Sunday, October 21, 2012

Watching Videos as a Sunday Morning Tradition?

Preparing for Mass with a Holy Heroes Adventure Guides Video

{NOTE:  Affiliate links are included in this post .}

It might seem odd that we, a family that consciously limits screen time for our children, have been making a habit of watching videos each Sunday morning.  Yet it is true. 

For weeks now, some time between breakfast and Mass on Sunday mornings, we bring our laptop to the table and let the kids glue their eyes to the screen.


Because we have found Holy Heroes Mass Prep Videos like this one:

Each Sunday, the Holy Heroes Adventure Guides offer a free, short video.  These help center our children's attention on the Gospel and, on good weeks, encourages them to pay more attention in church as they listen for the readings shared in the videos to be repeated during the celebration of Mass.

SPD Connection

In keeping with my promise to honor National Sensory Processing Disorder Awareness Month this month, I wanted to make three notes about videos and Mass with our son.

1.  Videos.  Our son LOVES them and would gladly watch them for hours on end.  However, he is also often over-stimulated by them.  As you can glean from the photo at the top of this post, where our son is standing with his hands behind his head, our son tends to watch videos with his whole body.  He often stands, jumps up and down, wiggles and bounces.  Plus, since he was quite young, during particularly stimulating segments of videos, he often reaches his arms forward and open and closes his fingers almost as if he is trying to repeatedly and quickly manipulate a puppet's mouth.  (This, as we learned in the past year, is actually a stimming behavior.)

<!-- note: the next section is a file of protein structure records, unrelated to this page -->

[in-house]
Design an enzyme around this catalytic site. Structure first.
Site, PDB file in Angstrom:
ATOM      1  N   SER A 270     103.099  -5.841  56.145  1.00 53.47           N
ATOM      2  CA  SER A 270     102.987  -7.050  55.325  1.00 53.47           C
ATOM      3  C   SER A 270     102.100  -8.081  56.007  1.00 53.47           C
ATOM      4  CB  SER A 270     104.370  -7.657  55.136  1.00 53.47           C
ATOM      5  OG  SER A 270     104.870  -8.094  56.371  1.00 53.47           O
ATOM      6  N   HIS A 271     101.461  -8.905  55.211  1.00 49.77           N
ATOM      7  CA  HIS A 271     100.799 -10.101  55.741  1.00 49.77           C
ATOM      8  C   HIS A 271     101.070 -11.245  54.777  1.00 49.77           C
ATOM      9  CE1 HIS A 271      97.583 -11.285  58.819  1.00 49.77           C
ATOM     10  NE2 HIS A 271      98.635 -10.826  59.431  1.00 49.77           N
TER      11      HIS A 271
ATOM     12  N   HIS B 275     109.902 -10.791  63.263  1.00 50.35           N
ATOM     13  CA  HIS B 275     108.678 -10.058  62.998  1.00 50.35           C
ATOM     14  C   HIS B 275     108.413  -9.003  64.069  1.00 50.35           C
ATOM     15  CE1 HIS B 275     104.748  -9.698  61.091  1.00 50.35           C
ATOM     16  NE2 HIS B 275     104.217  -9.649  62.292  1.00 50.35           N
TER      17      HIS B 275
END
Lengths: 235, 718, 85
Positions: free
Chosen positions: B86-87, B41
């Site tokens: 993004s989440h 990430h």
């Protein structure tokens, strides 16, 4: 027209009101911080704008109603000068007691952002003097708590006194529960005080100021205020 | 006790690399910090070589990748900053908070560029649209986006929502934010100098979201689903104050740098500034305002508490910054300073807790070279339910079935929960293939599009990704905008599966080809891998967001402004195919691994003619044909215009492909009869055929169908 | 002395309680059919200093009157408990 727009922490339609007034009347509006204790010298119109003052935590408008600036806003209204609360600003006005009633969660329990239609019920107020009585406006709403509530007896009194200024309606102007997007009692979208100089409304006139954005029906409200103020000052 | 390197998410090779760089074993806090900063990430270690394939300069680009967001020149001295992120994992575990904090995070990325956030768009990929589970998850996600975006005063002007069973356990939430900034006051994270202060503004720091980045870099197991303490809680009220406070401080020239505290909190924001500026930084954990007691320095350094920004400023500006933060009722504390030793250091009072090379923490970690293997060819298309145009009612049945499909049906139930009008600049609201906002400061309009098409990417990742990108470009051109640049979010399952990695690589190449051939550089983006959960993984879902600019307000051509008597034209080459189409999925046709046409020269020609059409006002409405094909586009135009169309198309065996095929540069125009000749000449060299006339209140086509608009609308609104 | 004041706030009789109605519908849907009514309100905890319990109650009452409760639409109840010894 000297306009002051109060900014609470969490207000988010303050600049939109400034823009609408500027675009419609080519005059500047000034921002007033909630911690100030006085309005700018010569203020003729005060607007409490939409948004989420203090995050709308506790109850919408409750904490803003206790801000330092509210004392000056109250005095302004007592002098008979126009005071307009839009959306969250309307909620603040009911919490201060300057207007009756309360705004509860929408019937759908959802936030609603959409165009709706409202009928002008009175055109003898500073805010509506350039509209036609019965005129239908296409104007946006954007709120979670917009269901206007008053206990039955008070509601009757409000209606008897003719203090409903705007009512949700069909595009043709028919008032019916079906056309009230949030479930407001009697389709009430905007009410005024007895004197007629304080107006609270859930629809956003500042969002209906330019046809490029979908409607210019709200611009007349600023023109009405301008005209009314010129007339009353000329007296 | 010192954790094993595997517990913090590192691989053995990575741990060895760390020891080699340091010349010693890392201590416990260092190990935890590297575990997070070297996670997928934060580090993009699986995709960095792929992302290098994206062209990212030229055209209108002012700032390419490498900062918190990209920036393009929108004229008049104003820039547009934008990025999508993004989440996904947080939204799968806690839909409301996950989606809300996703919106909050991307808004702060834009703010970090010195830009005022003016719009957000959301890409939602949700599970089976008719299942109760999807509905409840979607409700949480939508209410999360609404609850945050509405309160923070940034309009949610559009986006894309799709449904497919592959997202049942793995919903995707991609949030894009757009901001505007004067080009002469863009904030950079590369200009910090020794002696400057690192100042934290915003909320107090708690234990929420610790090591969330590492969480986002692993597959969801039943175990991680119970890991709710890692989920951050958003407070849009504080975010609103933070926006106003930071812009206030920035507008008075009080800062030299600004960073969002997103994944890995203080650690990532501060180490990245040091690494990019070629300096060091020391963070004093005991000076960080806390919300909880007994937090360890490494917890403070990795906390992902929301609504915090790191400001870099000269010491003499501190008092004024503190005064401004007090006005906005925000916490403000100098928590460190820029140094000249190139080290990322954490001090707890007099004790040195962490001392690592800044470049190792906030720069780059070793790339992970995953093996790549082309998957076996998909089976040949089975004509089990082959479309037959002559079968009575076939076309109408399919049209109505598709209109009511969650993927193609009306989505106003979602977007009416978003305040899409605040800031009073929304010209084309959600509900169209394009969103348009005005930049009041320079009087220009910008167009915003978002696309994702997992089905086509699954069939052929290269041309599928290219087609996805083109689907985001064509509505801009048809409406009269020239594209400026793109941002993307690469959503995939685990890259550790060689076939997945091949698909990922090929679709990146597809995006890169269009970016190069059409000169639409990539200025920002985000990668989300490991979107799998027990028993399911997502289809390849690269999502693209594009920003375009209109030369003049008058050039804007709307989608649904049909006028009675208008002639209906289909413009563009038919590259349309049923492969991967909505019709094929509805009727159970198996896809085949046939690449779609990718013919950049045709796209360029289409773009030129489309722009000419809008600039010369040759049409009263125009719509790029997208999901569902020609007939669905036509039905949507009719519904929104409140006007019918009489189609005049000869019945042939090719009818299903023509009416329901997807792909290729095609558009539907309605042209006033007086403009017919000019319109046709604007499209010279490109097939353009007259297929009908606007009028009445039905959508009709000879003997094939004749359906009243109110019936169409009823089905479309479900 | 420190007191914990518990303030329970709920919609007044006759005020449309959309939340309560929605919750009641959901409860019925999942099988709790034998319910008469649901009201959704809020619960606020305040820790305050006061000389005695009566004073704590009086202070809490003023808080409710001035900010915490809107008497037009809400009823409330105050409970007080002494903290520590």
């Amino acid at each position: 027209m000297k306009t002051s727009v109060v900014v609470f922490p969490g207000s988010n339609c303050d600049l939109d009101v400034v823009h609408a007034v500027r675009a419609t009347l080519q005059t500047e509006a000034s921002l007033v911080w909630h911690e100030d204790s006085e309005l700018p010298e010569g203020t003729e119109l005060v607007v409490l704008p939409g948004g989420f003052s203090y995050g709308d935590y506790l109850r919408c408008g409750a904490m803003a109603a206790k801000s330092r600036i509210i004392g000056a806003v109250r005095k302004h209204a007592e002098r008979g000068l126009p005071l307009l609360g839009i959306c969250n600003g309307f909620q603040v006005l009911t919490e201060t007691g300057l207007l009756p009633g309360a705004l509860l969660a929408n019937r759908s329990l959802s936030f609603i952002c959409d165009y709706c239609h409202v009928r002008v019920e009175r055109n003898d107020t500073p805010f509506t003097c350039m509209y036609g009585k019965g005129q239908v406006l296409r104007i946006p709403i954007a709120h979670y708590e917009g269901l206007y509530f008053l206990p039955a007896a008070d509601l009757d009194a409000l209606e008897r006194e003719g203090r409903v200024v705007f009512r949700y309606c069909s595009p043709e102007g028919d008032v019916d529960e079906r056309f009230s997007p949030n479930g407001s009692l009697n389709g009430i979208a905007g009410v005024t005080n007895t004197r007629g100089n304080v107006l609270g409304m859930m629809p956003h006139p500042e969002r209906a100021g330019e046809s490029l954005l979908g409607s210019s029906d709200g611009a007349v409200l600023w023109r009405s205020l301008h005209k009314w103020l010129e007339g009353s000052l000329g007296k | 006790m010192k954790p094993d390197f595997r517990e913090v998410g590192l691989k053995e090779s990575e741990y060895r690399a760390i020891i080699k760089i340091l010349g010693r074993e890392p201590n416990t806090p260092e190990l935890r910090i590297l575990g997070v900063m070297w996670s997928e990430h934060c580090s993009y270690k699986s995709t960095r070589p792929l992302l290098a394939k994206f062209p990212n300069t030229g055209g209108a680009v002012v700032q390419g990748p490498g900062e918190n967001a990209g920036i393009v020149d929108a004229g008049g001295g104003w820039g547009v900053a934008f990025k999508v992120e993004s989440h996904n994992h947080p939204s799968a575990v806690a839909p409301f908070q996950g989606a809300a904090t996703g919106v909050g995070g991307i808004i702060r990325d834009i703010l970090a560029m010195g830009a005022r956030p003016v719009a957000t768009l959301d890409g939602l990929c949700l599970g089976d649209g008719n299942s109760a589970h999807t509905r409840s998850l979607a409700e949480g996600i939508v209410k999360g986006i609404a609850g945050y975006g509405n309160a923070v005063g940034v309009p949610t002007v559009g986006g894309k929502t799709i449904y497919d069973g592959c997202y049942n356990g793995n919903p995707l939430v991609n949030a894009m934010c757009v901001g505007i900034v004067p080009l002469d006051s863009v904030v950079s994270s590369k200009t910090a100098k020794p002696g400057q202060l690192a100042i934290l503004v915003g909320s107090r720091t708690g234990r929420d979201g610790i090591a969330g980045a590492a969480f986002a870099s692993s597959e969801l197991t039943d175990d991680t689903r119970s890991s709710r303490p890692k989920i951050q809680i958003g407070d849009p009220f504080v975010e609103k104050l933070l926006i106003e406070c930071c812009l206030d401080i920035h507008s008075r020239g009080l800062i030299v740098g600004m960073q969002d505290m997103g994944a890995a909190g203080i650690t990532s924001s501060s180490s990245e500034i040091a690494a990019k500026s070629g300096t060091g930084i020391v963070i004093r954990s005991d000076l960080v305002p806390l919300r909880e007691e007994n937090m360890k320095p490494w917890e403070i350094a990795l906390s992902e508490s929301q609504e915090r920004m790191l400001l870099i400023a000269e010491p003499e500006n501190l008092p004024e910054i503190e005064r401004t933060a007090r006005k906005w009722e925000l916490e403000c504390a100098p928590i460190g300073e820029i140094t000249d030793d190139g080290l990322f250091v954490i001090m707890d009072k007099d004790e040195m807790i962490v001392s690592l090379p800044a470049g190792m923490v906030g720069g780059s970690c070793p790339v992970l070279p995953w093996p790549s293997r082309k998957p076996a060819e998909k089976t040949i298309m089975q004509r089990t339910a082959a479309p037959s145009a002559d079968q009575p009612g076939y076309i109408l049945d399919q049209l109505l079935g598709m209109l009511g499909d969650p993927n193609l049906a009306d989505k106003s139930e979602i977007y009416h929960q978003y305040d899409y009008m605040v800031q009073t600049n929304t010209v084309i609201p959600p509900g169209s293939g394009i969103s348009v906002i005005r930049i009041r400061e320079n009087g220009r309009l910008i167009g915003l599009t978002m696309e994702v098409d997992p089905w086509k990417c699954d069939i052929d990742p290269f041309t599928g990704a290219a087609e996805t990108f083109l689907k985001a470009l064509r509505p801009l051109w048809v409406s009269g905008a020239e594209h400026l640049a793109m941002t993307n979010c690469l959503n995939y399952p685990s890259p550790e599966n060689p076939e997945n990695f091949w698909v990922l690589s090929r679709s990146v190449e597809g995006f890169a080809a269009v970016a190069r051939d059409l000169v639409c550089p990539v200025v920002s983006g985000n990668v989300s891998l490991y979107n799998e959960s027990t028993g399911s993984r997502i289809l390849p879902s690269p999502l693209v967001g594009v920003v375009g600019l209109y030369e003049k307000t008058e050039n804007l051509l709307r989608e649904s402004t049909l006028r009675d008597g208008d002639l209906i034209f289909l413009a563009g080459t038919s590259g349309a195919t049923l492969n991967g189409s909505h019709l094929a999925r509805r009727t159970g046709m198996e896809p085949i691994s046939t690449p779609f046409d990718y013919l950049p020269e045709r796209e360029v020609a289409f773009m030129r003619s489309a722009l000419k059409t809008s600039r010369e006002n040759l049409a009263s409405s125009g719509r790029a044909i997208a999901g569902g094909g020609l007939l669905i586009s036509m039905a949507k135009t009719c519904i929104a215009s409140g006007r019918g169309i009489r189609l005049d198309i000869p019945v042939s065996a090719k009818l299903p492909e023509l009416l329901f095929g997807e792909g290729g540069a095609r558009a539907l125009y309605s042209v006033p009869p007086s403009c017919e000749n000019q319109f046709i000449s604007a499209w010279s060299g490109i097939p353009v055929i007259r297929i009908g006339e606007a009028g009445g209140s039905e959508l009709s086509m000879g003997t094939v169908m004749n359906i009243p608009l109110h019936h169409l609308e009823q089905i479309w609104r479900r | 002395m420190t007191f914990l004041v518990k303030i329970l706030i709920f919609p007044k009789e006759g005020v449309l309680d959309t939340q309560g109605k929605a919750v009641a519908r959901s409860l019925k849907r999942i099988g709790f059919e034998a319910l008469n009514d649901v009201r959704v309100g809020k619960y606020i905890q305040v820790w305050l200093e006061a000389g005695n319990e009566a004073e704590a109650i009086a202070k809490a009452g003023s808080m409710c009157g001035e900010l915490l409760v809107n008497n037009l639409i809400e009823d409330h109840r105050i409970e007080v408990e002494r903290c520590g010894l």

2.  Heavy Work.  Regardless of whether a video causes our son to stim or not, we have learned that if our son is to remain regulated and if we are all to remain more peaceful, we have to bracket his video viewing time with active time.  When we fail to ensure heavy work (running, jumping, lifting, pushing and other activities that work the proprioceptive system) before and/or after screen time, our son's dysregulation quickly becomes apparent.

3.  Pre-Mass Strategy.  Mass always goes better when we take the time to encourage our son to have more than just a quick with a good dose of heavy work.  When we budget 15 minutes or more for heavy work activities before Mass, we usually discover his behavior at church benefits. If only we would remember to do this more often...

What special treats or favorite traditions have become a part of your family's Sunday mornings?


(If you receive this post via email and cannot see the linky, be sure to actually click over to the blog to read browse the rich catalog of ideas there.  We also want to thank you for clicking through affiliate links if you wish to purchase anything.  Doing so costs you nothing extra, but it blesses us.  Thanks!)


Related Posts with Thumbnails